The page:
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Food Facts Friday: Carrots in the Kidney Diet
Today is the launch of our new blog series, Food Fact Friday, and our first topic is carrots. Carrots contain a moderate amount of potassium and can healthfully be included in a kidney-friendly diet.
The United States Food and Drug Administration recommends that women consume 2 to 2-1/2 cups of vegetables and men consume 2-1/2 to 3 cups of vegetables daily. Unfortunately, many Americans do not meet the recommended daily intake for vegetables. This is not always an easy task when following a kidney-friendly diet. Limiting potassium intake while still consuming the recommended amount of vegetables and fruits can be difficult.
Vegetables are rich in vitamins, minerals, antioxidants and fiber. Most vegetables are low in calories and carbohydrates, making them a great addition to meals and snacks, especially if weight control is a concern. Increased intake of vegetables has been linked to the prevention of chronic diseases. It is essential to consume a variety of vegetables to ensure intake of different vitamins, minerals and phytonutrients.
This root vegetable is available year-round. Carrots are most commonly orange in color, but can also be white, purple, yellow, or red. A fun fact–carrots were the first vegetable to be commercially canned. Today carrots can be found in the grocery store in a variety of forms, including fresh, canned, and frozen. Consumed raw or cooked, carrots are a versatile vegetable and can be used in many different recipes from side dishes to main entrees to desserts.
Carrot Nutrition Facts
As with all non-starchy vegetables, carrots are low in calories and carbohydrates. One cup of raw carrots contains about 50 calories, 12 g of carbohydrates, and almost 4 g of fiber. Raw carrots contain about 200 mg of potassium in a 1/2 cup serving, therefore, monitoring serving size is important. Carrots may be boiled and then added to soups, stews, and as sides. By cooking the carrots separately some of the potassium is removed.. Carrots are naturally low in sodium and phosphorus and rich in vitamin A, which is important for vision. Carrots also contain calcium, vitamin C, folate, and a small amount of omega-6 fatty acids.
In the produce section of the grocery store you can find carrots bundled or in plastic bags peeled, sliced, shredded or packaged and labeled as “baby carrots.” Baby carrots are easy to consume because they require minimal preparation. You can easily pack them as a snack or part of your lunch away from home. Whole carrots are sold with or without the leafy tops. These require a little more preparation time because you will need to peel and chop them yourself.
When choosing fresh carrots you want to select carrots that are firm and crunchy. Avoid soft, soggy, and split carrots. Carrots should be vibrant in color and the leafy tops should be dark green, not wilted.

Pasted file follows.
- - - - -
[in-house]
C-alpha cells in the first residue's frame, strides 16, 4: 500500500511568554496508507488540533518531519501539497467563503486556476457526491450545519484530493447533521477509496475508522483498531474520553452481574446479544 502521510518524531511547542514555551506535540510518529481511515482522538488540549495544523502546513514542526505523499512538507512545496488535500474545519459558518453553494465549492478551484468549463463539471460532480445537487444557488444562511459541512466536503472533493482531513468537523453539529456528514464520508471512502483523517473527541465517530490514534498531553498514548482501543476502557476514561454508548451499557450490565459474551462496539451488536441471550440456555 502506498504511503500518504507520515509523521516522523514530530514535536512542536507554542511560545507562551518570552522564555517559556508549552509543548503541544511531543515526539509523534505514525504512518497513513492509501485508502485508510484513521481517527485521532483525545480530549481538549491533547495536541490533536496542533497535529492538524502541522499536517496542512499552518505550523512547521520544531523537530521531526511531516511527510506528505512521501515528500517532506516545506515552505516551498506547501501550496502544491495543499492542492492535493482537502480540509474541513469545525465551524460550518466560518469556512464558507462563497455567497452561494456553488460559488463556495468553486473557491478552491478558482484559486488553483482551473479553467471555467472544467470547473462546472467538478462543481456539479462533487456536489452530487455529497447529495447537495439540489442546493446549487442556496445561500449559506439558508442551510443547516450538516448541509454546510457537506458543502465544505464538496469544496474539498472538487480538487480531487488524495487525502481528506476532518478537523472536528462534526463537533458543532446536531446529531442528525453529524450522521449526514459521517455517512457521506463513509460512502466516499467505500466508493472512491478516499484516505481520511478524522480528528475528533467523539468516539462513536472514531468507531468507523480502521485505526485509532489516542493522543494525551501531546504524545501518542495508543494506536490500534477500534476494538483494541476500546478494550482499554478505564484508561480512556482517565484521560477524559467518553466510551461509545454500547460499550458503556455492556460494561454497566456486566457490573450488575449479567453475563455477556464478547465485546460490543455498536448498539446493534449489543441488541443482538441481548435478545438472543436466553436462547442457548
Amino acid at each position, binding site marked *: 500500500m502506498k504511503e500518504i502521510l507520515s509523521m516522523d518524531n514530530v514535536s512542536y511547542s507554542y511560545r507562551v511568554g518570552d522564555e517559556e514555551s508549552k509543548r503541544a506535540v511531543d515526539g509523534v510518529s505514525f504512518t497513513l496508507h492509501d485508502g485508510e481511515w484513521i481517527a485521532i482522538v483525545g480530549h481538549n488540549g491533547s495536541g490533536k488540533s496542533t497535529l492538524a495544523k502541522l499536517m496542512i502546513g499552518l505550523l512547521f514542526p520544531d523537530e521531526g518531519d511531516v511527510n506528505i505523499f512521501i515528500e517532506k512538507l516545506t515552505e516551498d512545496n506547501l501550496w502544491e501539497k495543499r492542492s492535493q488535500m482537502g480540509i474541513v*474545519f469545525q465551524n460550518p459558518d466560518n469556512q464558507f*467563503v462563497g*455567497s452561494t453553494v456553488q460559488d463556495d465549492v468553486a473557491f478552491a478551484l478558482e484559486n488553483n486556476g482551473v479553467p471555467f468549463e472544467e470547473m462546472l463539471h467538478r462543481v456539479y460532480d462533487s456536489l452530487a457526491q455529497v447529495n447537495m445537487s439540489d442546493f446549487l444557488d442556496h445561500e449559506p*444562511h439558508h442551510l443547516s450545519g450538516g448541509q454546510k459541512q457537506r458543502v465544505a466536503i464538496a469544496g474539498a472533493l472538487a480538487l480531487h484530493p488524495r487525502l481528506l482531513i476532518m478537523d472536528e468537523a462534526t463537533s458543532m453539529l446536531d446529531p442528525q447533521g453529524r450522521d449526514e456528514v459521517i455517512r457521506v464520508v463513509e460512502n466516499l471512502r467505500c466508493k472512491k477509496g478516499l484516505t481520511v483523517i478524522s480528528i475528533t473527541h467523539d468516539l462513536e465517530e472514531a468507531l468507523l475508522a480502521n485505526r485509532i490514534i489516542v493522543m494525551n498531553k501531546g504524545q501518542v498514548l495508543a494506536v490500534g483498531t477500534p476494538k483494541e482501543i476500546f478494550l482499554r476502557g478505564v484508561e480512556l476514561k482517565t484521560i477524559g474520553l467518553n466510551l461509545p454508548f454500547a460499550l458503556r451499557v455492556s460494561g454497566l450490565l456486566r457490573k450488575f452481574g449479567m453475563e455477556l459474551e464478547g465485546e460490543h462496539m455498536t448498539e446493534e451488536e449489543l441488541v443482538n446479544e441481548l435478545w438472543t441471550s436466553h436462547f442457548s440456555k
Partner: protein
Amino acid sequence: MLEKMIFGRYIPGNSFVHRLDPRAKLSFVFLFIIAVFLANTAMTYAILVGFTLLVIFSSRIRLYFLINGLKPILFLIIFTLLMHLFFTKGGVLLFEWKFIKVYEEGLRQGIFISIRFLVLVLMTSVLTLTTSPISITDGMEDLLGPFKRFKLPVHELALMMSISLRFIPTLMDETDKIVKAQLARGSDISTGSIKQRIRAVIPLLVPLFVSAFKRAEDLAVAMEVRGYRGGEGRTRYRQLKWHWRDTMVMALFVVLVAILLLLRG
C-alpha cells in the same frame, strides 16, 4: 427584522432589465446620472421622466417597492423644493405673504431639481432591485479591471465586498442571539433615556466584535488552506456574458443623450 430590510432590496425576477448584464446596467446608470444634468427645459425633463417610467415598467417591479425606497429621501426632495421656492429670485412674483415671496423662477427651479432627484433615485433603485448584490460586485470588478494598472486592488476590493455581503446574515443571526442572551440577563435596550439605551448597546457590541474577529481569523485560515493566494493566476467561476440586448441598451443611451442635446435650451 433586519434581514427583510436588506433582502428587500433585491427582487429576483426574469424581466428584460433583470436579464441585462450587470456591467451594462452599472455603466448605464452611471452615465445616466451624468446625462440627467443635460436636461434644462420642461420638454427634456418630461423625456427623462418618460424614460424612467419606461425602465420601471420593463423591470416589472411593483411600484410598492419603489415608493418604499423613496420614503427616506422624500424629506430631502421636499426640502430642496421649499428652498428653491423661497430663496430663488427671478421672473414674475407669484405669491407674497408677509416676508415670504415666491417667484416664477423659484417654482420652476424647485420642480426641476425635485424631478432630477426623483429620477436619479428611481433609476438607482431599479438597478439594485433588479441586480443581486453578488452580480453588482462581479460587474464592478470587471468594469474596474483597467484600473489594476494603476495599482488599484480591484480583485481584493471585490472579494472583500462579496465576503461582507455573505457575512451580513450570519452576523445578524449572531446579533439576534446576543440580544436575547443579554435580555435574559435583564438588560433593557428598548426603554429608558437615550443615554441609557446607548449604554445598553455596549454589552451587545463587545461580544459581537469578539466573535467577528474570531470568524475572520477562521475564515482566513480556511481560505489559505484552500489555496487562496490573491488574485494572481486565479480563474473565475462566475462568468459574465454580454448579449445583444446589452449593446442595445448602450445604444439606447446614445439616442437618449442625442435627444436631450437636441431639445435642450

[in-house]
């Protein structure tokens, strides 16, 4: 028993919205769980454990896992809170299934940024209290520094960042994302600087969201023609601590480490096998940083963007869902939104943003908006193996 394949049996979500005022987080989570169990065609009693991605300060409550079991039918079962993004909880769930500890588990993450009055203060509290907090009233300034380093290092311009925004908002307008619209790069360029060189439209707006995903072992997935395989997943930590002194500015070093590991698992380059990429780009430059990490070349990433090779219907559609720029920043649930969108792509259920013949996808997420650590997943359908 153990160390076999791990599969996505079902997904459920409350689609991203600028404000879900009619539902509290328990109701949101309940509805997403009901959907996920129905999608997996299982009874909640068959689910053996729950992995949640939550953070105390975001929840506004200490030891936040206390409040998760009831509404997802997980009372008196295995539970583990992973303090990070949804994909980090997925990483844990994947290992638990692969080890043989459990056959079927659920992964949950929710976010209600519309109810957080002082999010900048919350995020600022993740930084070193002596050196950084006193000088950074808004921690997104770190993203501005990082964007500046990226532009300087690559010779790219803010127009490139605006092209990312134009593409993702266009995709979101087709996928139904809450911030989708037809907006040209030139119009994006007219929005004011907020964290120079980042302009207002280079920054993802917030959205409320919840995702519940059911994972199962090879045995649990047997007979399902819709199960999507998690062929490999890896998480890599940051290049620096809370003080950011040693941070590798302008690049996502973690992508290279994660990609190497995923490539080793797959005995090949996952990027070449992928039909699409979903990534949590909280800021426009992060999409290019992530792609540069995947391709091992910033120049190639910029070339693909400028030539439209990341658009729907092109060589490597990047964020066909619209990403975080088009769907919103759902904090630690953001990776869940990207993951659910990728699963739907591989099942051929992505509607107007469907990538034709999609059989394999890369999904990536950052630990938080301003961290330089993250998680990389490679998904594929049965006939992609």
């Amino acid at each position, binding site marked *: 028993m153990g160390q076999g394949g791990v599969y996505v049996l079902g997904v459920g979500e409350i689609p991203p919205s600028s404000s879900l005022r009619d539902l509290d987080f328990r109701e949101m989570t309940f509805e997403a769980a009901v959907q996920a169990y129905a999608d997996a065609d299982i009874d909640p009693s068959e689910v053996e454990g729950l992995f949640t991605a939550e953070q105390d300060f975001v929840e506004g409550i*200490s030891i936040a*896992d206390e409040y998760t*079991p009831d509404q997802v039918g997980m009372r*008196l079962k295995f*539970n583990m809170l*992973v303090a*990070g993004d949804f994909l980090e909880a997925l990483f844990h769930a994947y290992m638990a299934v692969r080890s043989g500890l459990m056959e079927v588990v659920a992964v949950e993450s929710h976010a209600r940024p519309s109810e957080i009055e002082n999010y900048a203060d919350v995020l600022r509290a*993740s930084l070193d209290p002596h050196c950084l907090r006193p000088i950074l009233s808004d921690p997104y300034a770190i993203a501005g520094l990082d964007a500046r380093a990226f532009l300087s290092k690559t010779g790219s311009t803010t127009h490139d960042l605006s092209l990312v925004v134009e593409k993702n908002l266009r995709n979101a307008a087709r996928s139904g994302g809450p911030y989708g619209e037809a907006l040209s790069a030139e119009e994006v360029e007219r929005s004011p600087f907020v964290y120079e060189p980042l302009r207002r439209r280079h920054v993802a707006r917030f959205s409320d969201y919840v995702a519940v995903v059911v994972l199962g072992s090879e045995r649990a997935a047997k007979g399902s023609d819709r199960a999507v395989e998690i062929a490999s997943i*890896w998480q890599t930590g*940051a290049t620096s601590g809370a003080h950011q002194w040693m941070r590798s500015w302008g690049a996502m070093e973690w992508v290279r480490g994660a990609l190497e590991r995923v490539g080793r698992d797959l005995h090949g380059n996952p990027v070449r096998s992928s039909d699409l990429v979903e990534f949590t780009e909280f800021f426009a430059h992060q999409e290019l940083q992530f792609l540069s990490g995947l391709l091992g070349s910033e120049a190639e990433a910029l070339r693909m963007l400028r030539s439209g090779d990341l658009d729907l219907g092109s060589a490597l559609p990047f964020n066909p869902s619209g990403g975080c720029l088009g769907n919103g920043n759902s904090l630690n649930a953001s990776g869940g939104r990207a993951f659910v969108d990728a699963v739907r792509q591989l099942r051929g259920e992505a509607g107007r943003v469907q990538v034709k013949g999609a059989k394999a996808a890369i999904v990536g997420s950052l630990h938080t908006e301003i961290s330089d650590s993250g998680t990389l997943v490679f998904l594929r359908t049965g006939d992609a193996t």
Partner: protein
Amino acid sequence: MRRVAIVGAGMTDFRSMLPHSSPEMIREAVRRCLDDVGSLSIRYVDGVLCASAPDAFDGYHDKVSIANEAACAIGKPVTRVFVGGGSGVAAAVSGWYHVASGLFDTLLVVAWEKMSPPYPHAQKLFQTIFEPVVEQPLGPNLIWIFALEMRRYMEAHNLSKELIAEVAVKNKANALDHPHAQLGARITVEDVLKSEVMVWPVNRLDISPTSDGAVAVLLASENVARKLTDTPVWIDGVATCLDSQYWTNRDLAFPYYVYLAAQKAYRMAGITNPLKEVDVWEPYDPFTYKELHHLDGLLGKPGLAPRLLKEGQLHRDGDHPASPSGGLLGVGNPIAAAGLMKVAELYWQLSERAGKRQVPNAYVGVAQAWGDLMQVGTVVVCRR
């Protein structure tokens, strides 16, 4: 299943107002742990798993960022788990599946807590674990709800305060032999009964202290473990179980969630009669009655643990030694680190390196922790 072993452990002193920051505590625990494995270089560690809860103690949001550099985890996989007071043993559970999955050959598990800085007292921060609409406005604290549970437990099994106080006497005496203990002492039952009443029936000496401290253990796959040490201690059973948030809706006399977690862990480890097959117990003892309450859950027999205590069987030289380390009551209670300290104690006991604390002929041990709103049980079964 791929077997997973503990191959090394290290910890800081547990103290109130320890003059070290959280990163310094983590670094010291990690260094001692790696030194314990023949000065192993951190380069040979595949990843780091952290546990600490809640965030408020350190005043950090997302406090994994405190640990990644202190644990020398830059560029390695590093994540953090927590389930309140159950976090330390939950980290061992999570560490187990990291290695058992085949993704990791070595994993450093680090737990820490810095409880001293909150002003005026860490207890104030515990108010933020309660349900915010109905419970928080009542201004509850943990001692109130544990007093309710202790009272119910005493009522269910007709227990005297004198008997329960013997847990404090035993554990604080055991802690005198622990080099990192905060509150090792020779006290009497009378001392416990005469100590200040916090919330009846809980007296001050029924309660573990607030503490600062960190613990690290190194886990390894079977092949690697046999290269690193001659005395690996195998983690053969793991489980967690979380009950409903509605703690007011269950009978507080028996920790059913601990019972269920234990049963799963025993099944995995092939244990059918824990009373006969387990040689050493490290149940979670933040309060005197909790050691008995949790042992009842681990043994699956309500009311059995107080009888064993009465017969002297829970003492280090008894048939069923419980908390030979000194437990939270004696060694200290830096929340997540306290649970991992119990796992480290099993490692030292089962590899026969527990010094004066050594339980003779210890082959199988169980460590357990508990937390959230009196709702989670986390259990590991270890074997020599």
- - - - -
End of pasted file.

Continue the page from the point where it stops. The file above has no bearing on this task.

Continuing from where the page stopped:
For the freshest carrots check out your local farmer’s market. Often the vegetables are picked the same morning. You may find carrot varieties that are not available in the grocery store. For additional ideas on produce from the farmer’s market read “30+ Healthy Low Potassium Farmer’s Market Food Finds“.
When choosing canned carrots make sure to select carrots that are not canned with additional sugar or syrup. If a low-sodium canned version is available, this is best.
Frozen carrots are usually found with other mixed vegetables in a medley. Frozen carrots are a safe option because they do not contain the added sugar or salt that may be found in canned carrots.
Carrots should be stored in the refrigerator in plastic bags with the tops removed. Enjoy for up to two weeks. Fresh carrots are delicious raw when they are still crisp and crunchy. As carrots get older they lose some of their crunch., This is a great time to cook carrots to save them from going bad and being thrown out.
Carrot Recipes from DaVita.com
Soups and Stews:
- Carrot and Jicama Salad
- Glazed Carrots
- Roasted Brussels Sprouts, Carrots, and Apples
- Carrot-Cucumber Salad
- Roasted Carrot and Cauliflower Salad
- Slow Cooker Chicken with Carrots and Green Beans
- Chicken with Apples Carrots and Grains
- Slow Cooker Turkey Breast with Carrots and Cranberry Gravy
- All About the Vegetable Group. U.S. Food and Drug Administration. https://www.choosemyplate.gov/vegetables. January 3, 2018. Accessed February 11, 2018.
- Carrots: Nutrition, Selection, Storage. Fruit & Veggies More Matters. https://www.fruitsandveggiesmorematters.org/carrots. 2008-2018. Accessed February 11, 2018.
- Basic Report 11124, carrots, raw. National Database for Standard Reference Release 28. United States Department of Agriculture. https://ndb.nal.usda.gov/ndb/foods/show/2901. May 2016. Accessed February 11, 2018.
This article is for informational purposes only and is not a substitute for medical advice or treatment. Consult your physician and dietitian regarding your specific diagnosis, treatment, diet and health questions.